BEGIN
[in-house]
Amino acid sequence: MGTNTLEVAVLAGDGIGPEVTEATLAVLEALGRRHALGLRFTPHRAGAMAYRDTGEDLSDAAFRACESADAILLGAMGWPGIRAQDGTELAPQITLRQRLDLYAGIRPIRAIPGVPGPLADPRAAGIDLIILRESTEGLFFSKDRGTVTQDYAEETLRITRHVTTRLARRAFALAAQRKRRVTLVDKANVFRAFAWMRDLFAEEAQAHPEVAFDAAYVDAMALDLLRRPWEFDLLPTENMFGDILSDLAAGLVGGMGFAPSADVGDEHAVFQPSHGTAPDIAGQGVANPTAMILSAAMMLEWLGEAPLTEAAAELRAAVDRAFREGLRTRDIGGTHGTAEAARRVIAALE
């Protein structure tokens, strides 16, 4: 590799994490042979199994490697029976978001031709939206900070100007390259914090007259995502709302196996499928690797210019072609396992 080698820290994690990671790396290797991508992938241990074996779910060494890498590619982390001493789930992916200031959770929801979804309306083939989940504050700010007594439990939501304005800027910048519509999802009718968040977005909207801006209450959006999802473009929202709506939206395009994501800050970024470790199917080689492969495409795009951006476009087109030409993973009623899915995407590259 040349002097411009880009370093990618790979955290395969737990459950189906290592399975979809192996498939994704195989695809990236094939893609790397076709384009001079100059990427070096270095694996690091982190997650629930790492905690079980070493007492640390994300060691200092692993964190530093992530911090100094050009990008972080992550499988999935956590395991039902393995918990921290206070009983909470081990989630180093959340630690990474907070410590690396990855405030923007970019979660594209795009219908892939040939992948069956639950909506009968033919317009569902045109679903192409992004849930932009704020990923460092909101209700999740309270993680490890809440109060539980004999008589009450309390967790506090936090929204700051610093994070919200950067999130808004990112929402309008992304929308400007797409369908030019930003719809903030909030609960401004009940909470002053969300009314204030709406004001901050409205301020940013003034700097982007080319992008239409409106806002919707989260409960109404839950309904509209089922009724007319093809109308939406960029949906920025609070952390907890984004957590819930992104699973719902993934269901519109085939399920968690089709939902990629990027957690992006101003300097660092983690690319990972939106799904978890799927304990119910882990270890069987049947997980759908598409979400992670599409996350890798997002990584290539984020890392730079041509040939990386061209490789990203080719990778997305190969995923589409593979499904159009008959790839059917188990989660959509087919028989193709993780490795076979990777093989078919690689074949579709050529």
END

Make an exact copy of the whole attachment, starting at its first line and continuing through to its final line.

[in-house]
Amino acid sequence: MGTNTLEVAVLAGDGIGPEVTEATLAVLEALGRRHALGLRFTPHRAGAMAYRDTGEDLSDAAFRACESADAILLGAMGWPGIRAQDGTELAPQITLRQRLDLYAGIRPIRAIPGVPGPLADPRAAGIDLIILRESTEGLFFSKDRGTVTQDYAEETLRITRHVTTRLARRAFALAAQRKRRVTLVDKANVFRAFAWMRDLFAEEAQAHPEVAFDAAYVDAMALDLLRRPWEFDLLPTENMFGDILSDLAAGLVGGMGFAPSADVGDEHAVFQPSHGTAPDIAGQGVANPTAMILSAAMMLEWLGEAPLTEAAAELRAAVDRAFREGLRTRDIGGTHGTAEAARRVIAALE
């Protein structure tokens, strides 16, 4: 590799994490042979199994490697029976978001031709939206900070100007390259914090007259995502709302196996499928690797210019072609396992 080698820290994690990671790396290797991508992938241990074996779910060494890498590619982390001493789930992916200031959770929801979804309306083939989940504050700010007594439990939501304005800027910048519509999802009718968040977005909207801006209450959006999802473009929202709506939206395009994501800050970024470790199917080689492969495409795009951006476009087109030409993973009623899915995407590259 040349002097411009880009370093990618790979955290395969737990459950189906290592399975979809192996498939994704195989695809990236094939893609790397076709384009001079100059990427070096270095694996690091982190997650629930790492905690079980070493007492640390994300060691200092692993964190530093992530911090100094050009990008972080992550499988999935956590395991039902393995918990921290206070009983909470081990989630180093959340630690990474907070410590690396990855405030923007970019979660594209795009219908892939040939992948069956639950909506009968033919317009569902045109679903192409992004849930932009704020990923460092909101209700999740309270993680490890809440109060539980004999008589009450309390967790506090936090929204700051610093994070919200950067999130808004990112929402309008992304929308400007797409369908030019930003719809903030909030609960401004009940909470002053969300009314204030709406004001901050409205301020940013003034700097982007080319992008239409409106806002919707989260409960109404839950309904509209089922009724007319093809109308939406960029949906920025609070952390907890984004957590819930992104699973719902993934269901519109085939399920968690089709939902990629990027957690992006101003300097660092983690690319990972939106799904978890799927304990119910882990270890069987049947997980759908598409979400992670599409996350890798997002990584290539984020890392730079041509040939990386061209490789990203080719990778997305190969995923589409593979499904159009008959790839059917188990989660959509087919028989193709993780490795076979990777093989078919690689074949579709050529």